Page header image of an ore ship on Lake Superior

Environment and Sustainability

Keeping our seaway healthy.

Key stakeholders on the Great Lakes-St. Lawrence Seaway System, including the Duluth Seaway Port Authority, formed Green Marine, a voluntary partnership, in 2009 to continually improve the maritime industry’s environmental performance. Green Marine’s ongoing efforts encourage and promote sustainable maritime development along this binational trade corridor and around the world. Partners adopt environmental best practices and evaluate their performance each year in a variety of categories including emissions, greenhouse gases, cargo residues and environmental leadership in an effort to reduce the industry’s collective environmental footprint.

Environmental FAQ

What is being done to control the entry of aquatic non-native species from ballast water into the Great Lakes?

The Great Lakes-St. Lawrence Seaway has the most stringent ballast water management and inspection measures in the world. A joint Canada-U.S. inspection program has been in place since 2006 that inspects all arriving vessels from overseas. Oceangoing vessels must exchange ballast and flush tanks before arriving in domestic waters. Since this program started, no new aquatic invasive species invasions due to shipping have been documented in the Great Lakes region.

Domestically, the Vessel Incidental Discharge Act (VIDA) became law in December 2018. VIDA requires the U.S. Environmental Protection Agency (EPA) to develop new national standards of performance for commercial vessel discharges and the U.S. Coast Guard to develop corresponding implementing regulations. Discharge standards are technology-based and in the form of numeric effluent limits and best management practices; distinguish among classes, types, and sizes of vessels, and between new and existing vessels. The unique bulk cargo vessels operating exclusively within the Great Lakes encounter particularly challenging conditions that prevent typical ballast treatment systems from providing consistently effective treatment. Therefore the EPA is supporting research and development of treatment technologies through the Great Waters Research Collaborative in Superior, WI. For more information on aquatic invasive species, visit the Minnesota Sea Grant website.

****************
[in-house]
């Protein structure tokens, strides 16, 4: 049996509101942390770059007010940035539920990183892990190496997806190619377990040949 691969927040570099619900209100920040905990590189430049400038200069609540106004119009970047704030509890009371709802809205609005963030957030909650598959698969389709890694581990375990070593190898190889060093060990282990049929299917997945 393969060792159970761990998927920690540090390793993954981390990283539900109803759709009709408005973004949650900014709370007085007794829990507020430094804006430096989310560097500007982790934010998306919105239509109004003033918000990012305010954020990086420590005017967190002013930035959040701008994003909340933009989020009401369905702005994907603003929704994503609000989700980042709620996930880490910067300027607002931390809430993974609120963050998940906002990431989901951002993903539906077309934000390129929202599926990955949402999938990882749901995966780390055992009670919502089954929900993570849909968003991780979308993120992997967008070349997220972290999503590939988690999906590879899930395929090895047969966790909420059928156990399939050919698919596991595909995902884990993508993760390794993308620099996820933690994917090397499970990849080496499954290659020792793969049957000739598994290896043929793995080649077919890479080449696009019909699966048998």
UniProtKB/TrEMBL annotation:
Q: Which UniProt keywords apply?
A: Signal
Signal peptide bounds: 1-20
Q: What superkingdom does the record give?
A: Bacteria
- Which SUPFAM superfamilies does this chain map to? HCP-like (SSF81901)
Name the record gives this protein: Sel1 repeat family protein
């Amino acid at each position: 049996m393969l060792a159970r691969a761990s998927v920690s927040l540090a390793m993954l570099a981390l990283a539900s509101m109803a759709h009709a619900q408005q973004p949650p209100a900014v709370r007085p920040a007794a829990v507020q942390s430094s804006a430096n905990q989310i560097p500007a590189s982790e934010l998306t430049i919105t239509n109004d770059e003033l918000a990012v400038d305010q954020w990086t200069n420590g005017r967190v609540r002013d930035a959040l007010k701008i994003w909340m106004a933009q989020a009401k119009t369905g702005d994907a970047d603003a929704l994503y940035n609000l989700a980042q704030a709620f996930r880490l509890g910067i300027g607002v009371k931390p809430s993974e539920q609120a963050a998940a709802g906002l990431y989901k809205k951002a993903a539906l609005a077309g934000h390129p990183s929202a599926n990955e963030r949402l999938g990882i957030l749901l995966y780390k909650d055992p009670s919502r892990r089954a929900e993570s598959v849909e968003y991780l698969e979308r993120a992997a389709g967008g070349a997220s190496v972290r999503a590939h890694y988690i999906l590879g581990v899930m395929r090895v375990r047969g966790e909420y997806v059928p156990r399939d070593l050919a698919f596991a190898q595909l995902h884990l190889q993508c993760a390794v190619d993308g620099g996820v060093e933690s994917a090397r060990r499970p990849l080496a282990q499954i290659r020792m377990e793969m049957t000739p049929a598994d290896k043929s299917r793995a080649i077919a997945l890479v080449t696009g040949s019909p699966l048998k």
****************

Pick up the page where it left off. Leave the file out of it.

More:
What is ballast?

When not fully loaded, cargo ships must take on water (ballast) to maintain stability. Once pumped onboard, ballast water is stored in large confined compartments (ballast tanks) built into the hull of a ship.

What is happening with vessel sulfur emissions and the Emissions Control Area (ECA)?

In 2009, the United States and Canada requested that the International Maritime Organization (IMO) approve an ECA for most waters inside the EEZ. The IMO approved the request and the EPA issued proposed rules prohibiting vessels from purchasing fuel with sulfur content higher than 0.5 percent beginning in 2012 and 0.1 percent beginning in 2015. In 2020, the IMO also set a 0.5 percent limit for ships operating outside designated ECAs.

Current sulfur levels for residual fuels burned in ships’ power plants is about 1.5 percent, compared to a worldwide level of as high as 4.5 percent. Shipping interests recognized a safety and competitive problem with these rules because the ultra-low sulfur fuels are considerably more expensive than the fuels currently burned by most ships (up to 100 percent higher cost).

The Great Lakes were included in the proposed rules, which meant that a ship traveling to Duluth from the North Atlantic will need to burn the ultra-low sulfur diesel fuel for about 2,500 miles both inbound and outbound from Duluth. There is much concern about the competitive implications of this, and many believe it could cause modal shifts away from efficient ships to much less efficient rail and truck shipments to the coasts, as this regulation could add up to $3 per ton to the cost of transporting a cargo out of the system.

For domestic ships, Congress acted to currently exempt the older steamers as well as certain older diesel-powered ships that cannot safely burn the low sulfur fuel or can demonstrate hardship due to new fuel regulations. Many ship owners and their trade and professional organizations are working to find ways to reduce their environmental footprint.